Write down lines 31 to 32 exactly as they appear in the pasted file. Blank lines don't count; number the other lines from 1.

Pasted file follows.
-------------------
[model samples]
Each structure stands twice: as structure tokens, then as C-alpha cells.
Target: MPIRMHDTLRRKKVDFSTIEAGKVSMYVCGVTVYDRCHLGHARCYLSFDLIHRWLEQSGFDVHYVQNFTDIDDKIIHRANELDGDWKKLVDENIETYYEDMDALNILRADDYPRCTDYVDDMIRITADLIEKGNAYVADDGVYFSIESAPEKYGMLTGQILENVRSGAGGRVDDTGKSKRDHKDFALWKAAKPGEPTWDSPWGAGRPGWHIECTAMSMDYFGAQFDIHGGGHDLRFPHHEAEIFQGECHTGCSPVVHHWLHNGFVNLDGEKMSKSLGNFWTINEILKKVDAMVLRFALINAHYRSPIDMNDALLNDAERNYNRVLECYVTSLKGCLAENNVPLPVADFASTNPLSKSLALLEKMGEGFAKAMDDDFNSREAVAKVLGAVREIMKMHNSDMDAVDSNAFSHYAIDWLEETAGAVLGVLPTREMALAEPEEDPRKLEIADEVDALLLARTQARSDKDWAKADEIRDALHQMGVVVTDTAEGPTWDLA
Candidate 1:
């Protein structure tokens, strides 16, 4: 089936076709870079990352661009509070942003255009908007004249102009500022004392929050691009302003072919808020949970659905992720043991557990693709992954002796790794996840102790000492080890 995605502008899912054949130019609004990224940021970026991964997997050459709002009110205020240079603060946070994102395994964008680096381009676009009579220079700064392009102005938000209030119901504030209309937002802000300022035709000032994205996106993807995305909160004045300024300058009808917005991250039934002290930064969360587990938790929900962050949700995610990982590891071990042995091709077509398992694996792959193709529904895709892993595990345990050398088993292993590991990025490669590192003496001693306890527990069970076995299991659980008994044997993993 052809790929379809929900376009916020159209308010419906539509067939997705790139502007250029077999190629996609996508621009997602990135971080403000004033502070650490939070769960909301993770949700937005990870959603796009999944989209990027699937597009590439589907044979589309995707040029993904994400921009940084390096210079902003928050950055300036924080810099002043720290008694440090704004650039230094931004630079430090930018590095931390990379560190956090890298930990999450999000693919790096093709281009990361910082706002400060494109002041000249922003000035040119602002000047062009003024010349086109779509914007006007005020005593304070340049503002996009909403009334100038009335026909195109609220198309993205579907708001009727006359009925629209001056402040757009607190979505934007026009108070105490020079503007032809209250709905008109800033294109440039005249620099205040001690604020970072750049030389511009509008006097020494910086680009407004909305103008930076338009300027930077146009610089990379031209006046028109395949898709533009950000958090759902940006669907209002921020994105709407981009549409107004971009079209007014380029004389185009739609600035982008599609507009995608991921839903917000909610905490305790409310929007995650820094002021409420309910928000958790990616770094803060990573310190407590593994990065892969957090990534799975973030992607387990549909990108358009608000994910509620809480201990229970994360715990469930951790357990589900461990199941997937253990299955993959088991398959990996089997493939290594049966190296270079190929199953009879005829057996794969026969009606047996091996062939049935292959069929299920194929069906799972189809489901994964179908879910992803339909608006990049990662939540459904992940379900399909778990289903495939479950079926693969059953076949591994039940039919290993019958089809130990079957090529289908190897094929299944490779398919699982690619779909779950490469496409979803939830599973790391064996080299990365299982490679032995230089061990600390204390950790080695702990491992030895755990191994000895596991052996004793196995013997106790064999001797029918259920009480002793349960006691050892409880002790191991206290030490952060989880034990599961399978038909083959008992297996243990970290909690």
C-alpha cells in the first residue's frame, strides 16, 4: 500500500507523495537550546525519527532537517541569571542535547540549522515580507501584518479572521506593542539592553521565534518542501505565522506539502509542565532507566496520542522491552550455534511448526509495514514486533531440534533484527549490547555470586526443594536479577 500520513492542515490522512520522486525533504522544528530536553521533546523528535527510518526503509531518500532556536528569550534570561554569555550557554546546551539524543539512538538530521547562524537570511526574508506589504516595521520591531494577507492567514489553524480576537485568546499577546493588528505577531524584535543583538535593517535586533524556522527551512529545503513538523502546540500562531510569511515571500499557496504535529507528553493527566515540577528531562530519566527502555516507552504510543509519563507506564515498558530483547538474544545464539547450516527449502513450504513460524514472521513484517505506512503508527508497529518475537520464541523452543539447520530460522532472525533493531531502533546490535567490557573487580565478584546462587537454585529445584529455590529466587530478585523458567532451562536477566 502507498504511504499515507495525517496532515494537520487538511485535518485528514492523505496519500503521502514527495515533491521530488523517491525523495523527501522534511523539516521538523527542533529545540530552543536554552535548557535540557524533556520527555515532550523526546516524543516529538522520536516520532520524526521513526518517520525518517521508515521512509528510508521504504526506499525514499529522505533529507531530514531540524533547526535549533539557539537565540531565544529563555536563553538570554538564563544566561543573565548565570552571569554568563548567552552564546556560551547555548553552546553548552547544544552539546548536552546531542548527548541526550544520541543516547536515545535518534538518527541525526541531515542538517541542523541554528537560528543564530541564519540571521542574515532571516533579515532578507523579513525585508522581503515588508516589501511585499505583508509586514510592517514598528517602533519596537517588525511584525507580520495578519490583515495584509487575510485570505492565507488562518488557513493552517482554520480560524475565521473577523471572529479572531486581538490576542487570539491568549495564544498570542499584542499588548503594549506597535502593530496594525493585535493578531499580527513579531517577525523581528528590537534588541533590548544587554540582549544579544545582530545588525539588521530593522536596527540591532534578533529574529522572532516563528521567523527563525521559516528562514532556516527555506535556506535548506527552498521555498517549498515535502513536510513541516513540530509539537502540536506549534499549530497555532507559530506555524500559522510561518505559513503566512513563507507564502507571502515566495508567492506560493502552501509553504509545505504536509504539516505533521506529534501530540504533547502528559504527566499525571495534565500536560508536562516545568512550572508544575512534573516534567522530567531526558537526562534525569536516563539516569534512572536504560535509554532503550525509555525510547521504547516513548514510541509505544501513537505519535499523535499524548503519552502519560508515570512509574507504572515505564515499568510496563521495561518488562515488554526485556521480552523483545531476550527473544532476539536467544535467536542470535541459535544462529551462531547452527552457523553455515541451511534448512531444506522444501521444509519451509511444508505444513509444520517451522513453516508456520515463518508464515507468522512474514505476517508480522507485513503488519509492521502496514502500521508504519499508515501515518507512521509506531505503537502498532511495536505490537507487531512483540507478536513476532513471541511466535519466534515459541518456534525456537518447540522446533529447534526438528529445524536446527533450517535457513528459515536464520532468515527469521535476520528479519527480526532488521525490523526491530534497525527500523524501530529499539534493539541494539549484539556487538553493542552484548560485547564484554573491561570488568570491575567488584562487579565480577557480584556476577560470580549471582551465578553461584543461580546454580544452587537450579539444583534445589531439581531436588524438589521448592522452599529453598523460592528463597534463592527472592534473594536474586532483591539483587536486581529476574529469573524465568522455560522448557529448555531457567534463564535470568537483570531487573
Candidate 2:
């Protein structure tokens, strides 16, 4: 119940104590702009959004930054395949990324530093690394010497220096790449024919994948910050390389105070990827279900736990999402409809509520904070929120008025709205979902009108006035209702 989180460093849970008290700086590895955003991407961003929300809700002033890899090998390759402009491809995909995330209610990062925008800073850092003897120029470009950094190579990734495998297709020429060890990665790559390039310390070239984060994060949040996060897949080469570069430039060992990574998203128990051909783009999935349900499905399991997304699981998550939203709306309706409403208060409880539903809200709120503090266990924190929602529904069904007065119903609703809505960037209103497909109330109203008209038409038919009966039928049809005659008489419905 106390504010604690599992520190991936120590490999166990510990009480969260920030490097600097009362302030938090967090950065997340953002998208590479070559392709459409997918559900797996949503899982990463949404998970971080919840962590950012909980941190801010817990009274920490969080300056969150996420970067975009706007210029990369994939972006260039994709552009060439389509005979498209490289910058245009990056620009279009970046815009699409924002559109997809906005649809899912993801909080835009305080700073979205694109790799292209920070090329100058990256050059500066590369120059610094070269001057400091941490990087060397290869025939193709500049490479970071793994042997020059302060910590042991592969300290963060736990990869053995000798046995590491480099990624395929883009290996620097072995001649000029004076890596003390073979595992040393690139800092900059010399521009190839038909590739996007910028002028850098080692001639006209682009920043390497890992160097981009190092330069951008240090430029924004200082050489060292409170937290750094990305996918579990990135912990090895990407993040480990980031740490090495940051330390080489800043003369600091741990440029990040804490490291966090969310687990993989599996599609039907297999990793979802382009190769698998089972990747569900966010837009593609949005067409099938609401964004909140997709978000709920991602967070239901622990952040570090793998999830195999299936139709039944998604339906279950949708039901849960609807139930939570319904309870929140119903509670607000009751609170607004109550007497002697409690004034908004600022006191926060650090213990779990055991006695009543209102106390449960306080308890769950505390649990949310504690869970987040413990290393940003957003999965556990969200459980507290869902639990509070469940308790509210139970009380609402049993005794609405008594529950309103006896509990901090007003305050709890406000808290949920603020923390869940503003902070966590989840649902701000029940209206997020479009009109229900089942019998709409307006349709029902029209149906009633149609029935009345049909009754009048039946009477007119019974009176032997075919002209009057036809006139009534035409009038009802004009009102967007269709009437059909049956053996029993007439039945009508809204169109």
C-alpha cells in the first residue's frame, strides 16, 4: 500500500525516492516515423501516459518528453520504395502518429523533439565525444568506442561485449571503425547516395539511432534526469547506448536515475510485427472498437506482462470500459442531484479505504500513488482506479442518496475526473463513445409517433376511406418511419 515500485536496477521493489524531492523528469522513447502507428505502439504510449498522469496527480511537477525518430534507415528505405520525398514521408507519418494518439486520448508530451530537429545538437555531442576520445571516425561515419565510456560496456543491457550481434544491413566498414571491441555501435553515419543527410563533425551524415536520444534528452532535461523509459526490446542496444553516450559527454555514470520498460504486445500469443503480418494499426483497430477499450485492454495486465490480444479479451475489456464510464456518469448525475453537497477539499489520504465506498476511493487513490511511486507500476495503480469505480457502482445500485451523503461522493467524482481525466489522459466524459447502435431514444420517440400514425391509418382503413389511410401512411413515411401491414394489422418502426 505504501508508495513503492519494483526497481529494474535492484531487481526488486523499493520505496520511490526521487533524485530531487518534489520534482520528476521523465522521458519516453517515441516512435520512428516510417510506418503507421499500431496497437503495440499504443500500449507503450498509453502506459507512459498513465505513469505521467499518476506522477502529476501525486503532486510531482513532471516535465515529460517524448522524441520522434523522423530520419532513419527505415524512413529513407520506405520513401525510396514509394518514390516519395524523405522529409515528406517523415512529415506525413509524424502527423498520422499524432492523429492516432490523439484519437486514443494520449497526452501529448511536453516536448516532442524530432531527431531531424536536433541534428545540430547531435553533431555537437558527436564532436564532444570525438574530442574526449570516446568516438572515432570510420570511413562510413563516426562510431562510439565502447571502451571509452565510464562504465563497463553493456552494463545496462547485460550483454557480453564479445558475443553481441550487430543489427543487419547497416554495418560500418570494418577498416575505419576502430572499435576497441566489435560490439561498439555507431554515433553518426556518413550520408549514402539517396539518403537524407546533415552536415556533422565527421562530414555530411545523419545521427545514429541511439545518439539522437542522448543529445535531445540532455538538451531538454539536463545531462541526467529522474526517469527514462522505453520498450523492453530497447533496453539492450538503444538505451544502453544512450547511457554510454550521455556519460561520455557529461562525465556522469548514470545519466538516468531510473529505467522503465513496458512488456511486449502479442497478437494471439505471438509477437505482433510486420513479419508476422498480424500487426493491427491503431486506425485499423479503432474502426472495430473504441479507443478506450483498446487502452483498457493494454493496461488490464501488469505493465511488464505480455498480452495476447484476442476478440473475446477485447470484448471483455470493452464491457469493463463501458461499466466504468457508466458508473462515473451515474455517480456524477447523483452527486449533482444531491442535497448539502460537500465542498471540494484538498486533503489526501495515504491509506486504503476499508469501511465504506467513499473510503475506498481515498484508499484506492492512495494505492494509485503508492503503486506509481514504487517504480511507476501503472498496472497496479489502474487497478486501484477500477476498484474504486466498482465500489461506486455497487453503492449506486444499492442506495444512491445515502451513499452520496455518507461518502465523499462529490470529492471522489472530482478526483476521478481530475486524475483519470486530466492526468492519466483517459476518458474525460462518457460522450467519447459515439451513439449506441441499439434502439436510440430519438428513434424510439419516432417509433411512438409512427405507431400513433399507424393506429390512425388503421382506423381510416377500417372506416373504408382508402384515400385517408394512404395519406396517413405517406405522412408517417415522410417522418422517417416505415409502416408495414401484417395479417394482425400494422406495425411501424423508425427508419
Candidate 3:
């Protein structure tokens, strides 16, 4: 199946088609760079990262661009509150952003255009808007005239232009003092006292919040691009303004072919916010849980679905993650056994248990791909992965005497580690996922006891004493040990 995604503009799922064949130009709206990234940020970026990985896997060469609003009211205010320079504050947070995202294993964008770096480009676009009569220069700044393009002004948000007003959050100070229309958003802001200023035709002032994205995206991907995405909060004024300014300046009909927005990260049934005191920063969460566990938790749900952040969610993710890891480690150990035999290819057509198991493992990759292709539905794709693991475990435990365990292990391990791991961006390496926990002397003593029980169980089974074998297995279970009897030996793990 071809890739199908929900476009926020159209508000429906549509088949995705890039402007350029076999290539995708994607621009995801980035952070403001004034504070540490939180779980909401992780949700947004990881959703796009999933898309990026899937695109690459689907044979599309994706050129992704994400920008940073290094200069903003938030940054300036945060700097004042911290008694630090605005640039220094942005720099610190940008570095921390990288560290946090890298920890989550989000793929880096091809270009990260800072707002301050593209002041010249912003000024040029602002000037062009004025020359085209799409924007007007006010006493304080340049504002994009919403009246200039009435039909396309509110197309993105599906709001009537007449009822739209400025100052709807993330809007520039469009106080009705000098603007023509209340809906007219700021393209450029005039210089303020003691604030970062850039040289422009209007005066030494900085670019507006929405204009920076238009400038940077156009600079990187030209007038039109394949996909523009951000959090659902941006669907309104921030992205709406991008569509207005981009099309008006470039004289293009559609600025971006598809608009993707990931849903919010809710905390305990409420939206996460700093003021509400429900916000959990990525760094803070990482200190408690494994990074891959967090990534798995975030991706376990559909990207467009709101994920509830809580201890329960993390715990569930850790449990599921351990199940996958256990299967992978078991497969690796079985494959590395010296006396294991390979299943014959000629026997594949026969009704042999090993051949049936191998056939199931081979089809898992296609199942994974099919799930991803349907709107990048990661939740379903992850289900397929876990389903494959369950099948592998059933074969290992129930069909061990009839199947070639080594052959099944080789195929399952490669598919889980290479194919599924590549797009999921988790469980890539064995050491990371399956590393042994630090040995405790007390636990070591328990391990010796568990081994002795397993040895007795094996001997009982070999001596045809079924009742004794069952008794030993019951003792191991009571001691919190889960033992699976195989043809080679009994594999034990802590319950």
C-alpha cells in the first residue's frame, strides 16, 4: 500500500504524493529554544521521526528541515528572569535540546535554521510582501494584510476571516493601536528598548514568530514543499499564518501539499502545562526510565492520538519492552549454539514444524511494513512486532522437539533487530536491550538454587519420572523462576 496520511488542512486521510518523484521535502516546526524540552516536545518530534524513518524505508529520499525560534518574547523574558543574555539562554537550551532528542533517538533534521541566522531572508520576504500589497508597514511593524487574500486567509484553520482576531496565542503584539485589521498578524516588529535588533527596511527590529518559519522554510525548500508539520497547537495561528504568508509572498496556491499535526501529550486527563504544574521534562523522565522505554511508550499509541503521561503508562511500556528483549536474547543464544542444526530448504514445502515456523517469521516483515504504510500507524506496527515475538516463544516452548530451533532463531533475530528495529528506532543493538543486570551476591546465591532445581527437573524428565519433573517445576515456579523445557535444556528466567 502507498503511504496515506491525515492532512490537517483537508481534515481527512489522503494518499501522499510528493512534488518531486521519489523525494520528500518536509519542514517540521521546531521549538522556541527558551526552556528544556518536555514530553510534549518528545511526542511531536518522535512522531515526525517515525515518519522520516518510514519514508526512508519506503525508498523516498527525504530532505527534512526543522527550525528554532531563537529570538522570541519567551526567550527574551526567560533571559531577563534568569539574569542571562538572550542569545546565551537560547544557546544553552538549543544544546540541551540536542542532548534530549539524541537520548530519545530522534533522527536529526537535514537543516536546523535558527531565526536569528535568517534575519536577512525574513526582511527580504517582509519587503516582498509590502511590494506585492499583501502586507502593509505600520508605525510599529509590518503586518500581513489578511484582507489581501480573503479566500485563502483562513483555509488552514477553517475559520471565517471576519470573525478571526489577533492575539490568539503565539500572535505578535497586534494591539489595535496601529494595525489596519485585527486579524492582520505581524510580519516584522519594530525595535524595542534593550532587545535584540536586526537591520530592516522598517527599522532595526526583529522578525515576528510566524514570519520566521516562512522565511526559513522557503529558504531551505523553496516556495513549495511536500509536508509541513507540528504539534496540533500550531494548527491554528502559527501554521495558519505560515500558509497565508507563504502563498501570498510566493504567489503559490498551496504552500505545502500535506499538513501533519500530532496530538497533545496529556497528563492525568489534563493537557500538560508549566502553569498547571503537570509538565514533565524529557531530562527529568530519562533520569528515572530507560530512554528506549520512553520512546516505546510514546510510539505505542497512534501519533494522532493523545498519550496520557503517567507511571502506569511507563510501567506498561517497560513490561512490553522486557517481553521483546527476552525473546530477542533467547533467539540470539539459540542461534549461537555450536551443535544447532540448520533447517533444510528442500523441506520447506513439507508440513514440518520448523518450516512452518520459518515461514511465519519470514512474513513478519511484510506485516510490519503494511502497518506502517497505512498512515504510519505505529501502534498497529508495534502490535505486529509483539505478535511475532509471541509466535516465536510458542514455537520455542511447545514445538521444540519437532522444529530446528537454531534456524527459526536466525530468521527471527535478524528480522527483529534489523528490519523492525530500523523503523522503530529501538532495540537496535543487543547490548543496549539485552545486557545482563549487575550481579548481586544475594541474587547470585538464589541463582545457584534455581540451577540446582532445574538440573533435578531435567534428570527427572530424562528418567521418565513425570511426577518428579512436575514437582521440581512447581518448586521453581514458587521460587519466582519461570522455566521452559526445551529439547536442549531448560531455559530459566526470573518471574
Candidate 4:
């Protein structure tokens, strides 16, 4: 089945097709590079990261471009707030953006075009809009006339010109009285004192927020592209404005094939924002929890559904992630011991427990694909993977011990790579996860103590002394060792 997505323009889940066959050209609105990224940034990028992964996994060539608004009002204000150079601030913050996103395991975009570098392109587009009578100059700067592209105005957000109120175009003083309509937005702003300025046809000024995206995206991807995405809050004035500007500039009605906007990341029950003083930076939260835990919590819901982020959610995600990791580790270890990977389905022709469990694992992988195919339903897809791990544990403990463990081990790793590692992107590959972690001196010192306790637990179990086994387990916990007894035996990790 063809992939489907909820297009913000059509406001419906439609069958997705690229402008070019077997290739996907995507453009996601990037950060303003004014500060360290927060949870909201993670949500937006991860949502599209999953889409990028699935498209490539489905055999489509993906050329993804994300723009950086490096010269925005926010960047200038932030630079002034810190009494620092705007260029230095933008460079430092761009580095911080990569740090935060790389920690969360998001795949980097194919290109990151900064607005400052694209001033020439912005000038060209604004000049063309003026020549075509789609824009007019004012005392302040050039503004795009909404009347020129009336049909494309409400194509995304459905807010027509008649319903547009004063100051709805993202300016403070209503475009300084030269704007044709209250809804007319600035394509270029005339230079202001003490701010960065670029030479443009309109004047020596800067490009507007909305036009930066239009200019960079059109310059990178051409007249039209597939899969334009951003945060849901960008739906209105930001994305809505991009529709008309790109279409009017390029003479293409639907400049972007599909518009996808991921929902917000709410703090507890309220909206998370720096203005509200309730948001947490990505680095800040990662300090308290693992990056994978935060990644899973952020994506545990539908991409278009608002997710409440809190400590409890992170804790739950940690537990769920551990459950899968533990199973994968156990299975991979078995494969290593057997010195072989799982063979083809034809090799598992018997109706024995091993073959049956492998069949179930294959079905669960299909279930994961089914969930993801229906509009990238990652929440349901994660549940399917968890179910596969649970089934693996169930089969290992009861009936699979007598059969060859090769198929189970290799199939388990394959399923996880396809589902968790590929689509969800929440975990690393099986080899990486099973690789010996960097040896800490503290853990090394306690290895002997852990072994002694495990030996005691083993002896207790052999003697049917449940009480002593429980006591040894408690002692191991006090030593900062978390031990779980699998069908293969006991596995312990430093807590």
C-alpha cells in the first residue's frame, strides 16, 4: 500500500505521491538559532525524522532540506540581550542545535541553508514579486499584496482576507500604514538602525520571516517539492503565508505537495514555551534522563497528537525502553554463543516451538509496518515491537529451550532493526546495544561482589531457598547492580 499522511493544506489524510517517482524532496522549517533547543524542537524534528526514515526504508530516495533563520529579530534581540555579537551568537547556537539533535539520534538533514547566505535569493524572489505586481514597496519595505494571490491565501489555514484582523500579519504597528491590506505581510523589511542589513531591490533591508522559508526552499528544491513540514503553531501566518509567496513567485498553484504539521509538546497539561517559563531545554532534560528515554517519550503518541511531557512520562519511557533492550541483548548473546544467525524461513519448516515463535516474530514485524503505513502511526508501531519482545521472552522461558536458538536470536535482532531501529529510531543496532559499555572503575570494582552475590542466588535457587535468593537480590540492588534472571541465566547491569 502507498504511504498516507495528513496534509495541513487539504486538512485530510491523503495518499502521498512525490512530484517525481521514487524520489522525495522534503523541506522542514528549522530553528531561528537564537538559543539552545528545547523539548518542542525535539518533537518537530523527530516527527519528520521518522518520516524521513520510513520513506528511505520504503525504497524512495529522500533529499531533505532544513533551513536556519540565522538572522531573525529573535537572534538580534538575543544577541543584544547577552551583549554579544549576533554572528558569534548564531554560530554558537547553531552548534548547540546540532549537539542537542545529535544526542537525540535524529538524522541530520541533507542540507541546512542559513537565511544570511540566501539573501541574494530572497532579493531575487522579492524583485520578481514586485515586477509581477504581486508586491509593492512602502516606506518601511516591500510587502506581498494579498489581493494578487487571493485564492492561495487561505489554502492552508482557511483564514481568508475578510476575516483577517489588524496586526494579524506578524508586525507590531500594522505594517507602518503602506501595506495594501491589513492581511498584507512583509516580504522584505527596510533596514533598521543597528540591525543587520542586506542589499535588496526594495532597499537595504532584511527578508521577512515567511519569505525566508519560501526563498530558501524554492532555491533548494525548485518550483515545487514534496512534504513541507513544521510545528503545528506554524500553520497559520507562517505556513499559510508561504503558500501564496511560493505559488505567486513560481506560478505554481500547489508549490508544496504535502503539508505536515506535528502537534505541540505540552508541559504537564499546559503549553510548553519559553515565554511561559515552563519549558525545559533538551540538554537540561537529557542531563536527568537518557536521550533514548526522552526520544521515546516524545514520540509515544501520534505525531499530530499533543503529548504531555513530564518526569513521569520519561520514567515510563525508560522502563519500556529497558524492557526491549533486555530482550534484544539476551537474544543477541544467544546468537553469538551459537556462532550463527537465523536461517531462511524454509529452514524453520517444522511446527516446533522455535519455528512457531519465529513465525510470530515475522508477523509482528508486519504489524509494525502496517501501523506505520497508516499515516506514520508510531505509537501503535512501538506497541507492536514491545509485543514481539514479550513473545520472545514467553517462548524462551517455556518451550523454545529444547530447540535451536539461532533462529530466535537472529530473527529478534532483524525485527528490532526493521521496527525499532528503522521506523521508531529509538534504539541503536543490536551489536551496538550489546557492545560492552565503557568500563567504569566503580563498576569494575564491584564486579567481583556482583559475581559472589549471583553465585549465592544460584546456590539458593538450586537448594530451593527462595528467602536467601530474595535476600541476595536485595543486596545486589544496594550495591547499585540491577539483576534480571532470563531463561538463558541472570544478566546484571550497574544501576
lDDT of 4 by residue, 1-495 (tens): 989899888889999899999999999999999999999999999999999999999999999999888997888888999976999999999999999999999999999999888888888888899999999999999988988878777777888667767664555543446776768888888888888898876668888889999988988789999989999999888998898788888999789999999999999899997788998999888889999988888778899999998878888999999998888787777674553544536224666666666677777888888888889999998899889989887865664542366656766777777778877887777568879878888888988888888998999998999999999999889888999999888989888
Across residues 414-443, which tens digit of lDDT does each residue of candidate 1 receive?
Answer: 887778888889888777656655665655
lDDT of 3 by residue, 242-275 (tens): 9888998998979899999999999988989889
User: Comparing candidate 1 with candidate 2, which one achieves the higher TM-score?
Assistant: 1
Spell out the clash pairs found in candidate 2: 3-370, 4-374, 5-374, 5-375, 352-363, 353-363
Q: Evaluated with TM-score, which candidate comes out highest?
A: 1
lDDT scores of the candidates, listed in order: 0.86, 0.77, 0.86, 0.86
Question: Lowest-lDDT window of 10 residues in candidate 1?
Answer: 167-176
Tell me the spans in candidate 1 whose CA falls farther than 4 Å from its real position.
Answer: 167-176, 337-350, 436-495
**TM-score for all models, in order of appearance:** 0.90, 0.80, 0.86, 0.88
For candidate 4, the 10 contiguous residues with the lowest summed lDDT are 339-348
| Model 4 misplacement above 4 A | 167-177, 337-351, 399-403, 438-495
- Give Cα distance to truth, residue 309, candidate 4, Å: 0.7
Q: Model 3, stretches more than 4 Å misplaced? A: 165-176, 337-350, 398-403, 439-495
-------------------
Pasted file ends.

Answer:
For candidate 4, the 10 contiguous residues with the lowest summed lDDT are 339-348
| Model 4 misplacement above 4 A | 167-177, 337-351, 399-403, 438-495